Manusmriti with the Commentary of Medhatithi

by Ganganatha Jha | 1920 | 1,381,940 words | ISBN-10: 8120811550 | ISBN-13: 9788120811553

This is the English translation of the Manusmriti, which is a collection of Sanskrit verses dealing with ‘Dharma’, a collective name for human purpose, their duties and the law. Various topics will be dealt with, but this volume of the series includes 12 discourses (adhyaya). The commentary on this text by Medhatithi elaborately explains various t...

Sanskrit text, Unicode transliteration and English translation by Ganganath Jha:

कामं तु क्षपयेद् देहं पुष्पमूलफलैः शुभैः ।
न तु नामापि गृह्णीयात् पत्यौ प्रेते परस्य तु ॥ १५५ ॥

kāmaṃ tu kṣapayed dehaṃ puṣpamūlaphalaiḥ śubhaiḥ |
na tu nāmāpi gṛhṇīyāt patyau prete parasya tu || 155 ||

Well might she macerate her body by means of pure flowers, roots and fruits; but she should not even mention the name of another man, after her husband is dead—(155).


Medhātithi’s commentary (manubhāṣya):

What has been said in the preceding verse is explained more specifically in the present verse.

As in the case of men, so in that of women also suicide is forbidden. As for what Aṅgiras has said—‘they should die after their husband’,—this also is not an obligatory act, and so it is not that it must be done. Because in connection with it there is an eulogium bestowed upon the results proceeding from such suicide. Thus then, the performing of the act being possible only for one who is desirous of obtaining the said result, the act stands on the same footing as the Śyena sacrifice. That is, in connection with the Śyena sacrifice we have the Vedic text—‘one may kill living beings by means of the Śyena sacrifice,’—and this makes the performance of this sacrifice possible; but only for one who has become blinded by extreme hatred; so that when the man does perform the act, it does not become regarded as ‘Dharma,’ a ‘meritorious act’; exactly in the same manner, when the widow happens to have a very strong desire for the results accruing from the act of suicide, it is open to her to disobey the prohibition of it and kill herself; but in so doing she cannot be regarded as acting according to the scriptures. From this it is clear that the act of killing herself after her husband is clearly forbidden for the woman. Further, in view of the distinct Vedic text—‘one shall not die before the span of his life is run out’—being contradicted by the Smṛti-text of Aṅgiras, this latter is open to bring assumed to have some other meaning. Just as in the case of the Smṛti rule ‘one should take the final bath after having read the Veda’,—the injunction of the bath, as pertaining to one who has not yet studied the meaning of the Vedic texts, has been taken as having a different meaning.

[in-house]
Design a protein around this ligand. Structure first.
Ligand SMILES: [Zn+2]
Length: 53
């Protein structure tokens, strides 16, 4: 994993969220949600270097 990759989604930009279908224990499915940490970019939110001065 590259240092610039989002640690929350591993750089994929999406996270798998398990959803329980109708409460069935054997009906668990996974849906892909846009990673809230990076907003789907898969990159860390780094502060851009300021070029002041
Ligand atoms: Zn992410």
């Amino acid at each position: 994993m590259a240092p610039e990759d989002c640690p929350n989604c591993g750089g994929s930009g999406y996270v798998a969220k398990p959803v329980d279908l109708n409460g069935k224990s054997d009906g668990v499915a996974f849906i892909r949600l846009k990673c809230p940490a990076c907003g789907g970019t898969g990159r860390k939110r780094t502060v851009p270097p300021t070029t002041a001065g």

It may happen so that the widow is childless, has not inherited any property from her husband and has to maintain herself by spinning or some such work; and she does not wish to marry again, because her husband was very dear to her and any disregard for him would be against the scriptures and is even distinctly forbidden; so that knowing that in abnormal times of distress all transgressions are permissible,—as was the case when Viśvāmitra partook of the dog’s thigh—she might, being pinched for a living, be tempted to some transgression. It is with a view to such a case that the author has put forward the present text.

Under the stated circumstances ‘well might’ the woman ‘macerate’—reduce—‘her body’—‘by means of flowers, roots and fruits’;—i.e., she might maintain herself upon these, according as they may be available; ‘but she shall not even mention the name of another man’—by saying to him ‘you are my husband to-day’.

As for the text—‘When the husband is lost or killed or become a renunciate, or is found to be impotent, or become an outcast,—under these five difficulties, another husband is sanctioned for women’ (Parāśara—what is meant is that she may for the purpose of obtaining a living by doing such work of as that of the maid &c., have recourse to another man as her protector,— this being the literal meaning of the term ‘pati’.

This shall he fully dealt with under discourse IX.

This rule also is applicable to the woman whose husband has gone out on a journey.

The use of the term ‘kāmam’—‘well might’—is meant to indicate the author’s displeasure at the course of conduct suggested; the sense being—‘the emaciating of the body is bad, and worse still is the set of having intercourse with another man.’—(155).


Explanatory notes by Ganganath Jha

(Verse 157 of others.)

This verse is quoted in Mitākṣarā (on 2.127), to the effect that never for her livelihood should the widow seek the shelter of another man;—in Varṣakriyākaumudī, (p. 576);—in Saṃskāramayūkha, (p. 119);—and in Vīramitrodaya (Vyavahāra, p. 186b).


Comparative notes by various authors

(verses 5.154-163)

See Comparative notes for Verse 5.154.

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